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I have my pots prepared to go out early tomorrow morning and take some cuttings of my ( non flowering!) philadelphus, I've read quite carefully what to do, I plan to take lavender another day, but best for my tiny goldfish brain if I concentrate on one thing at a time! M silly question is, I have pots ready filled ith a mix of peat free compost, seed/ cutting compost, grit and a tiny bit of sand,do I still need to put cuttings in a plastic bag if I' m doing it right by the plant or can I put them straight into pots? Plan to do roses as semi ripe too, this or next week, and then as hardwood mid autumn, am I planning the right things?any other cutting advice very welcome, thanks in advance



  • WinniecatWinniecat Posts: 100
    You just need to make sure that the cutting is kept moist, so if taking from plant to pot I usually put it in a jar of water until I plant it but only for a very short time.

    The plastic bag (clear) goes over the cutting when planted in the pot after watering, use an elastic band around the pot to hold the bag. Keep in a greenhouse or window sill and remove the bag twice a week for just 10 mins to let it breathe and water if necessary as it needs to be kept moist. You can remove the bag when the cutting takes root.

    Others may do it differently but that method seems to work for me.
  • rosemummyrosemummy Posts: 2,010

    Thanks Winnie, I will be potting immediately though so do I still need to put in water? My greengreen house is open at the moment, presume ok in there with plastic bags on?

  • WinniecatWinniecat Posts: 100
    Probably no need to put in water in that case. Yes will be fine in the greenhouse- needs to be warm but not really hot.
  • SupernoodleSupernoodle Posts: 954

    Hey rosemummy.  Ive been wondering the same.  All the advice talks about plastic bags.  Why not just take the prepared pot with you and do it then and there?! It's my plan for my first cuttings in the next month or so.  Perhaps we can compare progress as cuttings novices!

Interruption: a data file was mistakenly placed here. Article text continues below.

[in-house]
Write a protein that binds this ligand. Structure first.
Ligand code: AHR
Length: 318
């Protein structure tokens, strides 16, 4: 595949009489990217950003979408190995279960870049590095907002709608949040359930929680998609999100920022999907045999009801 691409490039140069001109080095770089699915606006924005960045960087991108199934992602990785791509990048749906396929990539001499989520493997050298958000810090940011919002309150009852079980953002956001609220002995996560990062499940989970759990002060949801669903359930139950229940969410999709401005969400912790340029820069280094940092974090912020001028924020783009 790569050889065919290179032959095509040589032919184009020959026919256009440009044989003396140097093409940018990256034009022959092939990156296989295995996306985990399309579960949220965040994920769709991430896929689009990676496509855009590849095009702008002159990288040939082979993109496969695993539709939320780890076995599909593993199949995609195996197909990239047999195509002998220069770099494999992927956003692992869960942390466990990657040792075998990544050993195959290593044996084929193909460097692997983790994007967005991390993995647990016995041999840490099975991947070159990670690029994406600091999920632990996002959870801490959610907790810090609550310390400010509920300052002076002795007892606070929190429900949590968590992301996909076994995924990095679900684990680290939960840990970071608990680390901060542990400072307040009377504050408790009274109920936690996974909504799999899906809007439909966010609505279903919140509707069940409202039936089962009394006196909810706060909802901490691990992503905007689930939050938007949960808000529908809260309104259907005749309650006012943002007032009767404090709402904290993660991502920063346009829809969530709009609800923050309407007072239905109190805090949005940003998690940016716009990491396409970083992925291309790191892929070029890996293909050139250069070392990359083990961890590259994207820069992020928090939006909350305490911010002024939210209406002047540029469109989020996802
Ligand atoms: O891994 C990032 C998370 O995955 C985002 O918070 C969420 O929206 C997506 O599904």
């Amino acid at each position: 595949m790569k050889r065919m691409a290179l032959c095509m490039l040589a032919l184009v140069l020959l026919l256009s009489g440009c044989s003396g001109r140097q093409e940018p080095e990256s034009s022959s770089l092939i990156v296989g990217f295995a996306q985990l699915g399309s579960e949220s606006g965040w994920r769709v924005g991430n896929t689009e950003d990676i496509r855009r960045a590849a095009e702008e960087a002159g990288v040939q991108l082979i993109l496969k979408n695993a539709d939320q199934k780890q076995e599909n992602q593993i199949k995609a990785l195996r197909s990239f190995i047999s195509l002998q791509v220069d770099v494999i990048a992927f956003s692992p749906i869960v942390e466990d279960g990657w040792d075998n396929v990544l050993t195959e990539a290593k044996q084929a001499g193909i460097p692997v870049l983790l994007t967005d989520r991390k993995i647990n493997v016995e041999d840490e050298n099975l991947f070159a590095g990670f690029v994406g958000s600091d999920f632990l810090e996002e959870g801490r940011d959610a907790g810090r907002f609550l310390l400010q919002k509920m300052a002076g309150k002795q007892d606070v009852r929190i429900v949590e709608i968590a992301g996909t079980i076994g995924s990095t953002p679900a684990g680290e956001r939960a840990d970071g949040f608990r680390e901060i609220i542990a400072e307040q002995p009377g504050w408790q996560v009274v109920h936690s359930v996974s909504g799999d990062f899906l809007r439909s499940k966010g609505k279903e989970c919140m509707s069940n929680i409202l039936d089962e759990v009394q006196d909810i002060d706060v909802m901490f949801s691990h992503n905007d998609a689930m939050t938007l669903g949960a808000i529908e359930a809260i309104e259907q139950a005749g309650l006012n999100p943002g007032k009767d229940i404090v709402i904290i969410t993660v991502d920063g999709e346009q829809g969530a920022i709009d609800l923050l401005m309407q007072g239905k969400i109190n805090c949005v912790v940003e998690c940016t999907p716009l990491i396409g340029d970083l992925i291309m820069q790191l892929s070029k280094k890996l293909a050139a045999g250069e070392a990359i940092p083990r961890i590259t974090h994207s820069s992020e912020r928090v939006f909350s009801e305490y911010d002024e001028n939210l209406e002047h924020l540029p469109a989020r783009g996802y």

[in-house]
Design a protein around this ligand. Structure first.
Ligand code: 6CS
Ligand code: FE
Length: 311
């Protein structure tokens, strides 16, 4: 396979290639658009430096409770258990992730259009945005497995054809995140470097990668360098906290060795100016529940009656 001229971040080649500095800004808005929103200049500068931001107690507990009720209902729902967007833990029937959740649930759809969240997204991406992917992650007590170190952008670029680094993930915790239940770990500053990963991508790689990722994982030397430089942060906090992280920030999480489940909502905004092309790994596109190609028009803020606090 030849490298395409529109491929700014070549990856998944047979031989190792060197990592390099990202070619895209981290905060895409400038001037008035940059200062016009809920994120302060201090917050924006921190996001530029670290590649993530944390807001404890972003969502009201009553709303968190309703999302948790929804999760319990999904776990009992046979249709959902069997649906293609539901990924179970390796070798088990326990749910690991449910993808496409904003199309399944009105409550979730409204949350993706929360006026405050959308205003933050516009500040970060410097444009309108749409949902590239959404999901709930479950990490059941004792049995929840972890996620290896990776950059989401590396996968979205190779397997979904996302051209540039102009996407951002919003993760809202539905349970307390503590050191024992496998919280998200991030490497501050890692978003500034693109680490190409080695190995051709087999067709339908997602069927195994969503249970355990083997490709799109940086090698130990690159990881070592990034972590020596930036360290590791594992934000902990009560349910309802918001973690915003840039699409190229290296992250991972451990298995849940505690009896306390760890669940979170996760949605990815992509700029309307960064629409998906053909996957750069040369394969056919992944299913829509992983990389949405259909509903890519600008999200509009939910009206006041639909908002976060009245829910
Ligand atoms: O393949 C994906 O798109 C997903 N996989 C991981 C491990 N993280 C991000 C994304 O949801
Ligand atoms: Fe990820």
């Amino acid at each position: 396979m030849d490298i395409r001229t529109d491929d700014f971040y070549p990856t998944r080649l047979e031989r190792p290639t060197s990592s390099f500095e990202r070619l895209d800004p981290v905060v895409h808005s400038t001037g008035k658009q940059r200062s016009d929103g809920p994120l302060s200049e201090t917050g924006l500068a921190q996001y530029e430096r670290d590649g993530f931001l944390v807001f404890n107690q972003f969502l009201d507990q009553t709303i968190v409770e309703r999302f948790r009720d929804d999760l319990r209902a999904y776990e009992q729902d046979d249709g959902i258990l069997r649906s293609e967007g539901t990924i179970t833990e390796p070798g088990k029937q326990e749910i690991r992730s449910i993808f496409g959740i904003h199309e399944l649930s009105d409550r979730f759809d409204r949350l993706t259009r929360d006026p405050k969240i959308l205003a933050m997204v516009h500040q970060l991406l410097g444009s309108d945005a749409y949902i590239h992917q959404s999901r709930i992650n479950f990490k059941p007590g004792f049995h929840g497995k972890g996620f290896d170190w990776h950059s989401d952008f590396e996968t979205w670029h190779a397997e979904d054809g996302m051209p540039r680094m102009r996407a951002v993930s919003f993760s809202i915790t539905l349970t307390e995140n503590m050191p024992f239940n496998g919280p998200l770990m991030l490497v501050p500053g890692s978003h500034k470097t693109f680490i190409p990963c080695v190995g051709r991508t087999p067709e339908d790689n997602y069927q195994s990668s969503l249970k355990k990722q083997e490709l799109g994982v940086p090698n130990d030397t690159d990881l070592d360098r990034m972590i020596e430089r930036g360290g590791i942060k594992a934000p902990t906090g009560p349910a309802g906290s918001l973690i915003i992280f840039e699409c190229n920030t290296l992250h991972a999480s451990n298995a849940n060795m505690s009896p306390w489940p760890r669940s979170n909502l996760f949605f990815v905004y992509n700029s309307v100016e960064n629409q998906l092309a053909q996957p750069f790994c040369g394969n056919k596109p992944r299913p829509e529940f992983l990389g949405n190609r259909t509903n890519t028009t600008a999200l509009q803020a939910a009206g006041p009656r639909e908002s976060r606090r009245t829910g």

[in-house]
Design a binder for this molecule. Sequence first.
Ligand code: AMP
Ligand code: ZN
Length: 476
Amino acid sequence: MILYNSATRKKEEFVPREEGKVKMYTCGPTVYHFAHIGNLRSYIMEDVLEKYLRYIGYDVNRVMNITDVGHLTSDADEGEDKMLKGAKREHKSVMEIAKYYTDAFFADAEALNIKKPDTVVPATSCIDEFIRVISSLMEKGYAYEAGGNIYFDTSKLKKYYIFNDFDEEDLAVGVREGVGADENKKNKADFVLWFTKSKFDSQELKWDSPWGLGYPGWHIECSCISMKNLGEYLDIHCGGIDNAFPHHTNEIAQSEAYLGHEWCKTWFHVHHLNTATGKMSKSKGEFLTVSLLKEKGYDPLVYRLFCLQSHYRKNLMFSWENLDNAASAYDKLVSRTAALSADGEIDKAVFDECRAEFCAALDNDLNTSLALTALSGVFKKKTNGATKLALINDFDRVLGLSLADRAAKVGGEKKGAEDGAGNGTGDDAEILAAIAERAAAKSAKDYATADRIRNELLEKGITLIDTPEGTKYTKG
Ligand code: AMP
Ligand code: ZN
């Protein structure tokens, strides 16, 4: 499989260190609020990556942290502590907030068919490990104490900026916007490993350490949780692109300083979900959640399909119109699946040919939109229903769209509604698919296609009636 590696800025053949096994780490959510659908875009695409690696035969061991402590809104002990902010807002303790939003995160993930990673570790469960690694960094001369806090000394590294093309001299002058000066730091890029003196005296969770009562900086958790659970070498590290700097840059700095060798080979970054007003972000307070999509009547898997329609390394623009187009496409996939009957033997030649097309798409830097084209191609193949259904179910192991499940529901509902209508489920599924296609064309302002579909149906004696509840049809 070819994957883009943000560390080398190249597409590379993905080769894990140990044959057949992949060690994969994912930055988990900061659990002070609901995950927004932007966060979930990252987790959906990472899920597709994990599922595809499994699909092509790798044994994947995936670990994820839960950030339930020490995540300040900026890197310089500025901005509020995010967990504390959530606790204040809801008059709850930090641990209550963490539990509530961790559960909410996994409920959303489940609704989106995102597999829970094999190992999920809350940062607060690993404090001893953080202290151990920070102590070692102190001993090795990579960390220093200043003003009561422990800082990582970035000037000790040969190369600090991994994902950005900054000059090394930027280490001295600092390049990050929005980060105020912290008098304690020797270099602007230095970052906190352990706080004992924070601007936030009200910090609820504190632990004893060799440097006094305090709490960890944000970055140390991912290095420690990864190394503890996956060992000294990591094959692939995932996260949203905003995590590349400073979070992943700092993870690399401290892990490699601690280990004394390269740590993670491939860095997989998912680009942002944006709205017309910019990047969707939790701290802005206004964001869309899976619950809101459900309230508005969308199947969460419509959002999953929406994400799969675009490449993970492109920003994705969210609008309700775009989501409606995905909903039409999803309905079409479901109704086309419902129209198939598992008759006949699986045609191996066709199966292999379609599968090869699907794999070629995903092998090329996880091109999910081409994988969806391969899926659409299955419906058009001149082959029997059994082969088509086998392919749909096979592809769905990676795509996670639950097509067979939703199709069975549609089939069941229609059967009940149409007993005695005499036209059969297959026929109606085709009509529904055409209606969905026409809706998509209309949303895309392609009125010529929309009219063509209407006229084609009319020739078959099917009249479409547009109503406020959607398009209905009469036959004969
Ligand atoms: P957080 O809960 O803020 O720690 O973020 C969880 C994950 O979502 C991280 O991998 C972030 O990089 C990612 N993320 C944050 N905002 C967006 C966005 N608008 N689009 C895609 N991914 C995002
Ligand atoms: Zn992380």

• DovefromaboveDovefromabove Central Norfolk UKPosts: 82,304

    Plastic bags are useful if you have several acres and walk around your estate snipping cutting material as you go image

    Also useful to have in your pocket when visiting a friend's garden image

    “I am not lost, for I know where I am. But however, where I am may be lost.” Winnie the Pooh

  • nutcutletnutcutlet PeterboroughPosts: 26,878

    I think my GH would be too hot, When (if) I get round to the cuttings I'll have them in a covered propagator (not heated) in a shady spot outside.

  • rosemummyrosemummy Posts: 2,010

    good advice dove...! i took 4 philadelphus and 4 lavender yesterday, and 5 of my beloved gertrude this morning, i prepared pots with compost, sand and grit, got holes ready., i did pop in a pot of water for the few seconds it took me to cross the lawn, then removed most leaves, watered and put plastic bags over, the philadelphus and lavender are in east facing open greenhouse, the rose is on sheltered east facing stone table, gets a very little early morning sun, have written myself a note and stuck by the toaster to ventilate and to remove bags in 2-3 weeks..fingers crossed now then, i'm going to take hardwood cuttingsof roses mid autumn too

  • Alan4711Alan4711 LincolnshirePosts: 1,657

    Morning all, my best result so far are Early morning cutting into a container of greenhouse warm water ( no cold shock,its bad enough avin your head cut of without freezing to death)) and iv noticed slightly better results with cut plastic bottles for over the pots and if cold frame full better protection from rain, the bags sag,nothing worse than a saggy old --------- foodbag,ava good en, 

  • rosemummyrosemummy Posts: 2,010

    great tip alan, if i can find any plastic bottles i'll replace bags, do you put any holes in?

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